The Massachusetts Gaming Commission voted Dec. 7 to approve a revision in the percentage split of the state's Horse Racing Development Fund that will strip money from the Thoroughbred horsemen and redirect to it to Standardbreds.
Commissioners also authorized making the change in the percentages retroactive to Jan. 1, 2017.
The first motion, which approves the Oct. 19 vote of the MGC's Horse Racing subcommittee to award harness horsemen more of the RHDF money by amending the split to 60%-40% from the previous 55%-45% division, carried unanimously. The second motion to make the change effective Jan. 1, 2017 passed on a 4-1 voice vote.
Commissioner Gayle Cameron, who serves as the MGC's representative on the HRC, noted that the reason to make the change retroactive is that the five-member HRC did not have a quorum at meetings consistently throughout the year and thus was unable finish its work on the issue of the splits earlier on the calendar.
The 5% of the RHDF share that is being taken away from the Thoroughbred horsemen hits the breeders and health and welfare programs hardest.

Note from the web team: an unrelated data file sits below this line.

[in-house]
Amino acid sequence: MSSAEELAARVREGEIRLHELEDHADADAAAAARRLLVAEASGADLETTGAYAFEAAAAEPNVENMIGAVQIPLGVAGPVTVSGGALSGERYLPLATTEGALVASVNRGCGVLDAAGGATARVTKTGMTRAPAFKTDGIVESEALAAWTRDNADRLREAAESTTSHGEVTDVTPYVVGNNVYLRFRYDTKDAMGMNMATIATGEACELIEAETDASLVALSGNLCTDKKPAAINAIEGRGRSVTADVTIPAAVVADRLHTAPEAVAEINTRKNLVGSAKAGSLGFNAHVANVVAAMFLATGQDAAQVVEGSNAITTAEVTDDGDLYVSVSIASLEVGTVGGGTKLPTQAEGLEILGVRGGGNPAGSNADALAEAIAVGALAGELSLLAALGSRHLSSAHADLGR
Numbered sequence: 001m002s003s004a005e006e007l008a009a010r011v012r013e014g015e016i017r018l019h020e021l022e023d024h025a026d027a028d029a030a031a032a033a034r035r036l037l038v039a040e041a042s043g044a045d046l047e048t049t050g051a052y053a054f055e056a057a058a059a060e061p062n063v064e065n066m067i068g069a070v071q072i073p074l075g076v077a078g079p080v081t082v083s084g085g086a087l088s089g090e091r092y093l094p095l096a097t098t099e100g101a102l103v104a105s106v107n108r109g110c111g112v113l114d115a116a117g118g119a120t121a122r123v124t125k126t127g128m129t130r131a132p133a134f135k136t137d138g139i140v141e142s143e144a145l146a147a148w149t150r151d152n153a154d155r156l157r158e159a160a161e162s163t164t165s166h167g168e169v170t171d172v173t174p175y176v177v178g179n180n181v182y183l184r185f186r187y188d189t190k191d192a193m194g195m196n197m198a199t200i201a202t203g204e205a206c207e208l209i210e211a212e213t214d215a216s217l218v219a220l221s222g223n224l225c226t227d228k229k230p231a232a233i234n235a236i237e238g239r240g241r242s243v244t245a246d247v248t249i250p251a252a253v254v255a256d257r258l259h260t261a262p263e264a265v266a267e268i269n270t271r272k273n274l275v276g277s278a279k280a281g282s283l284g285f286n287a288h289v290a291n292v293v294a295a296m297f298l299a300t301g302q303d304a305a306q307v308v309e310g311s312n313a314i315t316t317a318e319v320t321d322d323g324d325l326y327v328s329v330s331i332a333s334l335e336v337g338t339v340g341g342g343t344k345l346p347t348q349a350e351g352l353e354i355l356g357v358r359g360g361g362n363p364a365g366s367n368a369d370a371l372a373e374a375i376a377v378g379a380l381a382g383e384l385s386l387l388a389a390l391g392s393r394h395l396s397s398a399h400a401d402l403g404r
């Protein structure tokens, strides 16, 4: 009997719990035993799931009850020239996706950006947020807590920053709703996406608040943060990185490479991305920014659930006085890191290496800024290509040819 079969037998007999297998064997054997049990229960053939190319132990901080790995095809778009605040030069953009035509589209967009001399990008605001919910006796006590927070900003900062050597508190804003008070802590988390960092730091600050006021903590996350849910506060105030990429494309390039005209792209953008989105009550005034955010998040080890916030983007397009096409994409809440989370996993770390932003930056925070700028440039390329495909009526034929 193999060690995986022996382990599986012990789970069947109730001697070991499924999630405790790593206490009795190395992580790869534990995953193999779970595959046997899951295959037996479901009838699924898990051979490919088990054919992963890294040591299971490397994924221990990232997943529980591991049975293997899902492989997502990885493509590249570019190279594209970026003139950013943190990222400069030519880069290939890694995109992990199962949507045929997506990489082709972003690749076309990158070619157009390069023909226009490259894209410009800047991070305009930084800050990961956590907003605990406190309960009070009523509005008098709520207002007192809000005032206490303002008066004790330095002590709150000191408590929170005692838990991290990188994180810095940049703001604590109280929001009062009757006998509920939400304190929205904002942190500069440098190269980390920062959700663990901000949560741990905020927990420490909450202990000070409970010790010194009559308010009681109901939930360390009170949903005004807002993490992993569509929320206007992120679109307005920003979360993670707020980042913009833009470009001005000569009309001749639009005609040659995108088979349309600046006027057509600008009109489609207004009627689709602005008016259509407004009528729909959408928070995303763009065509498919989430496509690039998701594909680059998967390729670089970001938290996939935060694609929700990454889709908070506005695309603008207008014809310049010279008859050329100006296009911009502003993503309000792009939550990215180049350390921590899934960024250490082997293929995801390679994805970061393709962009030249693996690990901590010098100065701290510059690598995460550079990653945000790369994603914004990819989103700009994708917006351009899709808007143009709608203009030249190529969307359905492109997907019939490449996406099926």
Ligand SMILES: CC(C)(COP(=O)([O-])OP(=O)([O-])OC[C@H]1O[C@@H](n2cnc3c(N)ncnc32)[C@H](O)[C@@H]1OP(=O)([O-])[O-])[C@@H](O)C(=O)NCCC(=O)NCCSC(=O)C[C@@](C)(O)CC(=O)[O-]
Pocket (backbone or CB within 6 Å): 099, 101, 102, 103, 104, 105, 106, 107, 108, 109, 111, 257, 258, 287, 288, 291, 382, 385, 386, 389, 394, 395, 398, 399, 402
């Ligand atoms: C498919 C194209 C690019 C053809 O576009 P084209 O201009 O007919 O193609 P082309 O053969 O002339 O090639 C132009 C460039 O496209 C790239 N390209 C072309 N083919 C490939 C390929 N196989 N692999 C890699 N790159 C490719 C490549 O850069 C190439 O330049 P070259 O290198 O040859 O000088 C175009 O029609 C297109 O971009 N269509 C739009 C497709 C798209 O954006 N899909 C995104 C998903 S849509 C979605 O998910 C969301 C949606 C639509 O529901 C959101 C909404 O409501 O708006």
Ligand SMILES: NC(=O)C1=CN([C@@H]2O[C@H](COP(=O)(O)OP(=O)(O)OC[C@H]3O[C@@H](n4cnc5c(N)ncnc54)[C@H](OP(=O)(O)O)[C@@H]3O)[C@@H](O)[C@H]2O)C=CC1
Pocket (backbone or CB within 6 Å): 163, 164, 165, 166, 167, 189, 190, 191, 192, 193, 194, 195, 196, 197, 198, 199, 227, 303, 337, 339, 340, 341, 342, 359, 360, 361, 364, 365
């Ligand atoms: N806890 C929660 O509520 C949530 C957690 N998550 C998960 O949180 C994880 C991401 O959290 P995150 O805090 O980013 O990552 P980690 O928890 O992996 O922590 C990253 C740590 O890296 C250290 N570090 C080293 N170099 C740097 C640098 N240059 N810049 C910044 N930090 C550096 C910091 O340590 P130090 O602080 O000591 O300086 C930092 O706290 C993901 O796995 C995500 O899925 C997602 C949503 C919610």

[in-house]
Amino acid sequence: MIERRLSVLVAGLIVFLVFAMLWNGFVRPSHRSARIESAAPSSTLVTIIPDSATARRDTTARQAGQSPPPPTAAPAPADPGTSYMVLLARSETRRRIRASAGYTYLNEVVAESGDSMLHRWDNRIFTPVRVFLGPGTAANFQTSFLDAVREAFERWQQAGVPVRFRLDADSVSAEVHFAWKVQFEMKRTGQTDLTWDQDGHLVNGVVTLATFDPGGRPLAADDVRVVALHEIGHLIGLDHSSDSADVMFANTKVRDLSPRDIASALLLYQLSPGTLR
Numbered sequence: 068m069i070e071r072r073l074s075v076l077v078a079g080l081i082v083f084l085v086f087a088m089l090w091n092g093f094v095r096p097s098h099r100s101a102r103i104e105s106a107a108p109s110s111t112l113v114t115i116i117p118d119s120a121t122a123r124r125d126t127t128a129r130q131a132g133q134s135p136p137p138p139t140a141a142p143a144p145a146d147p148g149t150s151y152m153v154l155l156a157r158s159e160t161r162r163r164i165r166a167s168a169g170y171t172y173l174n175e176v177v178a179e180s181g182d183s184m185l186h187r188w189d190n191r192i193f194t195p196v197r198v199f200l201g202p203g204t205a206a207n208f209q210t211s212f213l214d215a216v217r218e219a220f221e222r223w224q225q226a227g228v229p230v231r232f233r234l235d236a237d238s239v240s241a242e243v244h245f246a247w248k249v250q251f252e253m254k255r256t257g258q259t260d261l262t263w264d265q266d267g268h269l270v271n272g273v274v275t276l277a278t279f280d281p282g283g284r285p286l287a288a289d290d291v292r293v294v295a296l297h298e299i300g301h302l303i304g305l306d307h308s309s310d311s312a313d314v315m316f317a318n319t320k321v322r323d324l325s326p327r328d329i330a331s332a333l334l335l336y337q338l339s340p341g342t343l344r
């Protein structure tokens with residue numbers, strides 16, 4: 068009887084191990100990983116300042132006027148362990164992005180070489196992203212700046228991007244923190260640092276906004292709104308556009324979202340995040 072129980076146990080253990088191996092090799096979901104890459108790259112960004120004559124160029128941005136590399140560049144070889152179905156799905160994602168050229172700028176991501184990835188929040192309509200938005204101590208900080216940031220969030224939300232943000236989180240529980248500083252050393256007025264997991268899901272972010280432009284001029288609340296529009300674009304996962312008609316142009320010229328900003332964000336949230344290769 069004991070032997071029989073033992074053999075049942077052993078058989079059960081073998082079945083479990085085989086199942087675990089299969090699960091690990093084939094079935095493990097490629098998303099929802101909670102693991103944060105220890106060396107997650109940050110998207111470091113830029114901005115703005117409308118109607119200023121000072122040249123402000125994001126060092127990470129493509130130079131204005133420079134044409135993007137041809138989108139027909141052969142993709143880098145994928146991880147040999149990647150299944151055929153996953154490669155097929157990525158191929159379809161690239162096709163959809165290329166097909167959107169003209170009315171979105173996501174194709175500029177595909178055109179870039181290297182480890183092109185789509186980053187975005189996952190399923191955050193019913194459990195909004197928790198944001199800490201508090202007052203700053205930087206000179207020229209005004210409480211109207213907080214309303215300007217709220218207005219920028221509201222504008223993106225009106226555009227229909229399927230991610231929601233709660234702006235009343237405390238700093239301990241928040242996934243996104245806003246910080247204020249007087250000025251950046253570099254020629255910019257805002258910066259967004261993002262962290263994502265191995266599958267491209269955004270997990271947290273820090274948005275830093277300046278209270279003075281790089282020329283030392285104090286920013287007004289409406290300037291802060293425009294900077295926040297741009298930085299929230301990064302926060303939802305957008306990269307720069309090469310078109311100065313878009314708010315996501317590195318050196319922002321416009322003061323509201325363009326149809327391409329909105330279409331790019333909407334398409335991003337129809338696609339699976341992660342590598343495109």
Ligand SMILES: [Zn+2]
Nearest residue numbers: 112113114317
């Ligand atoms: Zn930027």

The MGC's Director of Racing and chief veterinarian, Dr. Alex Lightbown, said that the funding reductions as of Oct. 31, 2017 amount to $65,000 less for the Massachusetts Thoroughbred Breeders' Association and $25,000 less for backstretch welfare. She added that purses won't be affected as much because the account is not all being used because of the track's abbreviated racing schedule.
The RHDF, established as part of the 2011 Massachusetts expanding gambling act to ensure survival of the state's struggling Thoroughbred and Standardbred industries, must be split between the two and is to be allocated 80% for purses, 16% to breeders, and 4% to health and welfare.
With Suffolk Downs racing just eight days in 2017 and applying for six live dates in 2018, the Thoroughbred breeders sponsor races restricted to Massachusetts-breds at Finger Lakes. The MGC's decision, in effect, now means there will be about $65,000 less for purses of those races in New York.
It's the second change to the splits in recent years. In 2016 the HRC changed the RHDF splits from 75% Thoroughbred-25% Standardbred to 55% Standardbred-45% Thoroughbred and also made the change retroactive to Jan. 1.
The commissioners noted that prior to the Dec. 7 meeting they received a letter from a law firm representing some Thoroughbred stakeholders that challenges the MGC's authority to make the split changes retroactively.
Todd Grossman, the MGC's deputy counsel, testified that while state statue says a regulatory agency such as the commission cannot adopt or change policies retroactively, that is not being done in this case as it is only the mechanism for making the payments that is being changed. He added that the commissioners are only exercising their requirement to administer the fund.